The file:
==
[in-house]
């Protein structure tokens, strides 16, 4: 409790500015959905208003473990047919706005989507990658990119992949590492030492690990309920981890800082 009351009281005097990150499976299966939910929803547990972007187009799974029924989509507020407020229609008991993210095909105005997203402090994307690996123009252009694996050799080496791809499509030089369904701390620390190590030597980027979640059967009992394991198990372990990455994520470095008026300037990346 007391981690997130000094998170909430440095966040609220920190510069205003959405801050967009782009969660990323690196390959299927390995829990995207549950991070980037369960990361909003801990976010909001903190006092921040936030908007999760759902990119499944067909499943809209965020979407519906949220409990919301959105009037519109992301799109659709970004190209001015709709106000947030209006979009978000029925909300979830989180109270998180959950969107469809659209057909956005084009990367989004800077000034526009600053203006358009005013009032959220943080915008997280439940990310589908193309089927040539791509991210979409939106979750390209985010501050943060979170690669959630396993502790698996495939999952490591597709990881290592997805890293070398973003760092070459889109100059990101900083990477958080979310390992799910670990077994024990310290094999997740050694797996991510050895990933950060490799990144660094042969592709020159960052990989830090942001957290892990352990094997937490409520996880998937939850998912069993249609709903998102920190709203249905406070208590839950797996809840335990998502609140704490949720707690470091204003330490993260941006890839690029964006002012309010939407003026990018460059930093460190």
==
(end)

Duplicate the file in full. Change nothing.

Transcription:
[in-house]
């Protein structure tokens, strides 16, 4: 409790500015959905208003473990047919706005989507990658990119992949590492030492690990309920981890800082 009351009281005097990150499976299966939910929803547990972007187009799974029924989509507020407020229609008991993210095909105005997203402090994307690996123009252009694996050799080496791809499509030089369904701390620390190590030597980027979640059967009992394991198990372990990455994520470095008026300037990346 007391981690997130000094998170909430440095966040609220920190510069205003959405801050967009782009969660990323690196390959299927390995829990995207549950991070980037369960990361909003801990976010909001903190006092921040936030908007999760759902990119499944067909499943809209965020979407519906949220409990919301959105009037519109992301799109659709970004190209001015709709106000947030209006979009978000029925909300979830989180109270998180959950969107469809659209057909956005084009990367989004800077000034526009600053203006358009005013009032959220943080915008997280439940990310589908193309089927040539791509991210979409939106979750390209985010501050943060979170690669959630396993502790698996495939999952490591597709990881290592997805890293070398973003760092070459889109100059990101900083990477958080979310390992799910670990077994024990310290094999997740050694797996991510050895990933950060490799990144660094042969592709020159960052990989830090942001957290892990352990094997937490409520996880998937939850998912069993249609709903998102920190709203249905406070208590839950797996809840335990998502609140704490949720707690470091204003330490993260941006890839690029964006002012309010939407003026990018460059930093460190």